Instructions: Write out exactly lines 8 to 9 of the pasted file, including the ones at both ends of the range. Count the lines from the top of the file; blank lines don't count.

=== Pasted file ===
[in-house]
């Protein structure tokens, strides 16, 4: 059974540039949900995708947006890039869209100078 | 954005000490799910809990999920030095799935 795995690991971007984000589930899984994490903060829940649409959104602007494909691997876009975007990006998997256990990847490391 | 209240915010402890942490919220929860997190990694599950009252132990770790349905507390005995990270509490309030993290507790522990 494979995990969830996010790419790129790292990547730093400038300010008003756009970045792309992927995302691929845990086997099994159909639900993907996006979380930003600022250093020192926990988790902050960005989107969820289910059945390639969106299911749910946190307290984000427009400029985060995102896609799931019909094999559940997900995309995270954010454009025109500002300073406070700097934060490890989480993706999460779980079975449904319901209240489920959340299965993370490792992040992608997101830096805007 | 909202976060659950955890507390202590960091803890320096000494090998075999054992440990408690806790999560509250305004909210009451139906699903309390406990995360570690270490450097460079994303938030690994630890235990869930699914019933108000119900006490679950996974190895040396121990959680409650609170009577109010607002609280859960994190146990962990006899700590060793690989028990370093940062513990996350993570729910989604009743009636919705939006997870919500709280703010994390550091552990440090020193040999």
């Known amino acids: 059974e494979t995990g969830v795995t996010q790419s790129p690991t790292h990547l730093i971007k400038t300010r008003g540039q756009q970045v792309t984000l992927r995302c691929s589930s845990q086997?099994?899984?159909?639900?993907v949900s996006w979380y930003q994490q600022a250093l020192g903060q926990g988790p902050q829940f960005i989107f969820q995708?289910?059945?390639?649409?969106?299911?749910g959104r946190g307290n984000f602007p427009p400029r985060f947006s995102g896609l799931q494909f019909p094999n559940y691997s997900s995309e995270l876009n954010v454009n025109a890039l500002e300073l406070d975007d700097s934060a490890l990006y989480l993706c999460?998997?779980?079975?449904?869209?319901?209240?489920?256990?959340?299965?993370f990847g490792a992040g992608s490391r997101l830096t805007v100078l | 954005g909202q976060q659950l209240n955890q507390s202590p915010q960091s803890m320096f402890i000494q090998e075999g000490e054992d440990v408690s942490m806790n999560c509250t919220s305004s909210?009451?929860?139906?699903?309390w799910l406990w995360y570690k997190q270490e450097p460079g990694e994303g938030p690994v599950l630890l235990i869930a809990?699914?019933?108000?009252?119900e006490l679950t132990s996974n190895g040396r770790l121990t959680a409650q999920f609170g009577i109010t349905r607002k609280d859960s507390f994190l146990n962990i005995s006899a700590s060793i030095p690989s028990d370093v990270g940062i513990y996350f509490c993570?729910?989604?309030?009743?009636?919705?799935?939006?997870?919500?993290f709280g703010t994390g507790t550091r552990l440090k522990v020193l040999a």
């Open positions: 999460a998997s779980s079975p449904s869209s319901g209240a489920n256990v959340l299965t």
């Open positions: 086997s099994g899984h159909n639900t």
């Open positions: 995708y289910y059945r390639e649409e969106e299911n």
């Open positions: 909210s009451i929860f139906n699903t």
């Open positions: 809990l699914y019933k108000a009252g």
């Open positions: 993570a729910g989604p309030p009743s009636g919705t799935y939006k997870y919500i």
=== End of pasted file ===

């Open positions: 809990l699914y019933k108000a009252g």
């Open positions: 993570a729910g989604p309030p009743s009636g919705t799935y939006k997870y919500i």